I’ve been impressed with the browser so far. The quality of the content rendering and compatibility is good, it’s fast, it’s fluid and it’s clutter-free. There are issues though and I’ve listed some of them below. Cut and paste seems to work well with the finger, accessing tabs via the pulldown-menu is intuitive and I’ve even been happy using Bing as a search engine. I am even detecting that the Metro Explorer gets suspended when the desktop is being used. I love the ability to re-open the URL in a desktop browser if needed.
- Drag and drop in Javascricpt applications. Try Google+ Circles.
- Bookmarks sync / tab sync / state sync between desktop and Metro browsers
- Security and features missing. (Clear cookies, saved passwords)
- Sharing subsystem can’t really be checked fully as applications are rather basic right now.
- Flash not supported.
No start menu!
This is going to be a tough one for people to get immediately comfortable with but after a while I’ve managed to view the Metro UI as not only a widget and Metro application pane but also as a start menu. By pinning your required applications to the Metro UI, you can access them easily. Searching for apps is also quick. You can seee an example of applications pinned to the Metro UI to the left. (You do this by search for the app, right-clicking and selecting ‘pin’)
Windows 8 Core, and Mobility
Moving on the the Windows 8 core then it’s encouraging to see it controlling the PC for better energy efficiency than Windows 7. There could be a number of optimisations involved here but the net result is that Windows 8 allows a PC to idle to a lower point, more quickly. On the Atom-based Fujitsu U820 I tested, I’m seeing an estimated 20% lower idle drain rate. If you consider the idle capabilities of the newer Intel platforms, it’s going to be even better. Ultrabooks are likely to idle very well too because of their tight designs.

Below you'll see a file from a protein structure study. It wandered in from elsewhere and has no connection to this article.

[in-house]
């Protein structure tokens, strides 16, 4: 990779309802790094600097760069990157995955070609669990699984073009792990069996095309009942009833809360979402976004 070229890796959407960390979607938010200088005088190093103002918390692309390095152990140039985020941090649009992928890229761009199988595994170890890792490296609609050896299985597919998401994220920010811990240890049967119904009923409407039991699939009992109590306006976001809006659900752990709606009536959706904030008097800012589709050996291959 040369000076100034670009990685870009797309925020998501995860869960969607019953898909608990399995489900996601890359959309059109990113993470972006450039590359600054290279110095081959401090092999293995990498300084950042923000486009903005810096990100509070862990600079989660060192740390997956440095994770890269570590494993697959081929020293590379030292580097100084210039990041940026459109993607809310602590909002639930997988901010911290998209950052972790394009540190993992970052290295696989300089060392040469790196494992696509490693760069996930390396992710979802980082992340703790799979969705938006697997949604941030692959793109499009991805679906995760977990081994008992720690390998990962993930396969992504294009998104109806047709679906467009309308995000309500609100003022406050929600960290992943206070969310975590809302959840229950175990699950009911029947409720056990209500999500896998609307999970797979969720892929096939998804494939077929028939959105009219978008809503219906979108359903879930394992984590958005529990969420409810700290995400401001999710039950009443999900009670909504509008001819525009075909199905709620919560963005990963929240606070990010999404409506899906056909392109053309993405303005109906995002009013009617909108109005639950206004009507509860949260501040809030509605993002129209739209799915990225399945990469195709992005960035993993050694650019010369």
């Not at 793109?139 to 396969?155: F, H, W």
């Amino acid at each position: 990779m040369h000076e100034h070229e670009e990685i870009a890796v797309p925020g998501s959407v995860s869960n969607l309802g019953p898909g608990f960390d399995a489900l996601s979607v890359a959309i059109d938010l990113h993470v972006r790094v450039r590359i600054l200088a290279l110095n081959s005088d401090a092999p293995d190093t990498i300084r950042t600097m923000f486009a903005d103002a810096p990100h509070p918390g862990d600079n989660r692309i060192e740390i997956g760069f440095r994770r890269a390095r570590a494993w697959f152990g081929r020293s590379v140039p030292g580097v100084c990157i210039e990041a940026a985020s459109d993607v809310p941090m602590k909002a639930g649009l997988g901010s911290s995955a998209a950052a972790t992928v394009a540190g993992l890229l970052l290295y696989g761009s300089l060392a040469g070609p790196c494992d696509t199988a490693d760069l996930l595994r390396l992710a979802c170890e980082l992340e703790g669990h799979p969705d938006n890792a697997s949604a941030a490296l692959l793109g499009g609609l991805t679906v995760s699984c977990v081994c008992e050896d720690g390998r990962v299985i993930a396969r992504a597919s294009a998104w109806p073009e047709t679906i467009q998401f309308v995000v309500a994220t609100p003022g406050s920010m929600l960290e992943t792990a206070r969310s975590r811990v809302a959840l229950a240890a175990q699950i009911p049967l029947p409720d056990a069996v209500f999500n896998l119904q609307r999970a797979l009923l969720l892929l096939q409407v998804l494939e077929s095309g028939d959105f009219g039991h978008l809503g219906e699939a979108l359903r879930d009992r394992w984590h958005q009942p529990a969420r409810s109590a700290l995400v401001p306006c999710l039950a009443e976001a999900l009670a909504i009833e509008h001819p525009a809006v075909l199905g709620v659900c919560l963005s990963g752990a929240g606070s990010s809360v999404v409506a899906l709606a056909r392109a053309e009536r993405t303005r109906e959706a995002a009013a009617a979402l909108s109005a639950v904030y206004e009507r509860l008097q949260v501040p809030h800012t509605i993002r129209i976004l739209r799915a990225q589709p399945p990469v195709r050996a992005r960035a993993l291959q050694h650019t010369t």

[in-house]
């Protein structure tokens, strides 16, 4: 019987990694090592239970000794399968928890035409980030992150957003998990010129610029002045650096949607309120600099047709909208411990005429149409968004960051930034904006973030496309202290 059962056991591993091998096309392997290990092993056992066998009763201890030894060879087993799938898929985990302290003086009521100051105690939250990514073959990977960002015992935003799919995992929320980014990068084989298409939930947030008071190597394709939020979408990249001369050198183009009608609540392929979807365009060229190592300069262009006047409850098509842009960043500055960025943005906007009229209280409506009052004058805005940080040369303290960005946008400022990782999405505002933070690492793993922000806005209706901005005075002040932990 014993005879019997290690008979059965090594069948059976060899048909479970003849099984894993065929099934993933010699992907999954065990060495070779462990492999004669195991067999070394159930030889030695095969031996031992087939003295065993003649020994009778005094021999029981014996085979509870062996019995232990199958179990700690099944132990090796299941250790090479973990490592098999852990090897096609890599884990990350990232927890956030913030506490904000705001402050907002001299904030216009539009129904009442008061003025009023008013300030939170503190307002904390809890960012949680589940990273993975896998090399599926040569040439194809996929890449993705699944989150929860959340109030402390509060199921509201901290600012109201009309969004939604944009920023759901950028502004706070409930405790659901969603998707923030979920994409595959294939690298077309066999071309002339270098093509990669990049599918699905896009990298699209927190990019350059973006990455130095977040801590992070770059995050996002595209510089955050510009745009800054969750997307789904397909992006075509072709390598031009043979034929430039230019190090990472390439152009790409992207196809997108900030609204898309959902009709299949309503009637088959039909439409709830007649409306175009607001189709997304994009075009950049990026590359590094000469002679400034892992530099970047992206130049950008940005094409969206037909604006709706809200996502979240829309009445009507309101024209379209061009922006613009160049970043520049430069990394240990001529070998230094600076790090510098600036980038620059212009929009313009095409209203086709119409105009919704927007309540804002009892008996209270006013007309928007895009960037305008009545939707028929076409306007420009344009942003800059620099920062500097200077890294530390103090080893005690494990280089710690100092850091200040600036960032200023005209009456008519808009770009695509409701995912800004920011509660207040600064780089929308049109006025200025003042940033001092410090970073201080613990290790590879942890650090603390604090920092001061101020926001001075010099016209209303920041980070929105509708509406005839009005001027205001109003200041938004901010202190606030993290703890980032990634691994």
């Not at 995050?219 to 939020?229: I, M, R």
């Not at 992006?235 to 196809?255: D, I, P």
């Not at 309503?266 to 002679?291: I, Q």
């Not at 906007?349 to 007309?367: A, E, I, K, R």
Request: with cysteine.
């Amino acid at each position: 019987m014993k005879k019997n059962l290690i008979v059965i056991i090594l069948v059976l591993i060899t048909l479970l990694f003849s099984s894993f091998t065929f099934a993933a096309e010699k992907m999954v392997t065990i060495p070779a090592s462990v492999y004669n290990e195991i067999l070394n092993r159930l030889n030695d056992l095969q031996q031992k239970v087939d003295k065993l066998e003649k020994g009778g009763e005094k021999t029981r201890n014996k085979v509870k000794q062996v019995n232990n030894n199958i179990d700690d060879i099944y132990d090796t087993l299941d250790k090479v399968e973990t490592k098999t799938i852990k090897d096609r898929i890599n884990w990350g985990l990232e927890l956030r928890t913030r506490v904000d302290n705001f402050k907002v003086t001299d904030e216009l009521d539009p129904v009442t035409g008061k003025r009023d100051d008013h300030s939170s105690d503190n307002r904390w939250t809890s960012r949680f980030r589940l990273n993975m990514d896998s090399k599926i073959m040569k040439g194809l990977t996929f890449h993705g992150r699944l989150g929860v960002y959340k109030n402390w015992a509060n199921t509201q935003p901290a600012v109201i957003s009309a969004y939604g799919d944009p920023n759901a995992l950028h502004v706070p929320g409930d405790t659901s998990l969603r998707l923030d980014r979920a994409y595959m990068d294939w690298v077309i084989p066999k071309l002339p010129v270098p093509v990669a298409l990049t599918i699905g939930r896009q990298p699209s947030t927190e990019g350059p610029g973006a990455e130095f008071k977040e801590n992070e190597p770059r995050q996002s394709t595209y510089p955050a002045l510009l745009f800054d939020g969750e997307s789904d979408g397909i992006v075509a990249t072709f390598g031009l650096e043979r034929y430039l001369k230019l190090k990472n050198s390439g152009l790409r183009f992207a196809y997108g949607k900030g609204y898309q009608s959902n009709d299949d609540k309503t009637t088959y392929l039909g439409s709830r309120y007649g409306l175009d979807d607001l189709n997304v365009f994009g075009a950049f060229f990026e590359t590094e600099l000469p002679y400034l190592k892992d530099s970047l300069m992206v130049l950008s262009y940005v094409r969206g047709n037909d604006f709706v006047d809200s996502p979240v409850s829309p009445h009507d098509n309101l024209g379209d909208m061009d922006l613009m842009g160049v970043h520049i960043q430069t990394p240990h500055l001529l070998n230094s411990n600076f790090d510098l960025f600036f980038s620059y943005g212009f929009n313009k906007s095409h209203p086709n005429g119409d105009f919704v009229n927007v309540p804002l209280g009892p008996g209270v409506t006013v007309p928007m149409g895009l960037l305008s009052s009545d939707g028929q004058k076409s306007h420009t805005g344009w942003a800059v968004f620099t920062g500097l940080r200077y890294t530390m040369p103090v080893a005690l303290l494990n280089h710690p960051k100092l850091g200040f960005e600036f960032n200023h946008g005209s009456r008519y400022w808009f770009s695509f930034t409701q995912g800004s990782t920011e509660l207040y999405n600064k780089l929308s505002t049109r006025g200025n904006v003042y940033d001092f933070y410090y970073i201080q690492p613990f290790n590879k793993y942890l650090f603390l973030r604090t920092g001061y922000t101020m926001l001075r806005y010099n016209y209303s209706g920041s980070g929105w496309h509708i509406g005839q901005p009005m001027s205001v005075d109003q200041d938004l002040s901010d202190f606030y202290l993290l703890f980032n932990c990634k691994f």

It’s a shame we can’t work with an idle PC though ; ‘getting things done’ means screen-on, Wi-Fi on, USB, busses active, CPU and GPU all working to keep up with our demands and this is where ARM may have a little problem. In an active state like this, the CPU accounts for a small portion of the battery drain, about 20-30% on a X86 PC so the importance of getting a processing job done as quickly as possible in order to let everything else idle down can not be understated. [Look-up ‘HUGI and check this article out for more details.] Simply put, you do not want a slow CPU on a peripheral-loaded computing platform.
It turns out that Windows 8 is fairly resource heavy. This is the developer preview we’re looking at but I’ve been testing in 1GB of RAM and it’s clear to see that 2GB is going to reduce a lot of bottlenecks and improve efficiency. 4GB is needed for major application work and at that point you get into the 64bit requirement too. Windows 8 is not targeted at mobile in this respect. How about that 6GB-9GB install space requirement! That means expensive 32GB SSDs as a minimum.These peripheral costs mount up and leave mobile operating systems with the advantage.
Fast-start through the newly designed hibernation system is going to help and we’re probably going to get to a point, finally, where we can say that standby is reliable enough that the user doesn’t really need to use the power button any more to shut the PC down.
[Note: I haven’t tested pen input or sensor support and the app store is not available for testing yet.]
I know many people out there are not interested in Windows 7 on a mobile device but the fact is (was?) that Windows 8 has (had?) potential to be the first high-dynamic range desktop operating system that could cross-over to handheld PC’s. It looks like that its not going to be the case. Not only do I think that Windows 8 won’t usher in a new wave of handheld productivity devices but seeing the build in action and seeing the target use-cases I’m certain that Windows 8 will require large screens and powerful processors. It’s going to be an easy win for X86 against ARM for the next 2-3 years.
I’m continuing my testing with an ExoPC and note that if you’re in Europe, the WeTab, a Meego version of the ExoPC hardware is available in a few places for a really cheap price right now. Its not a mobile tablet but it’s solid, has a 1366×768 screen and is probably the cheapest way to give Metro a test for touch usability. Good for developers too!
Have you been testing?
What do you think of Windows 8 in relation to mobile and handheld devices. Did Microsoft just make an operating system with a finger-focused, tablet UI that can’t be used on handheld devices?
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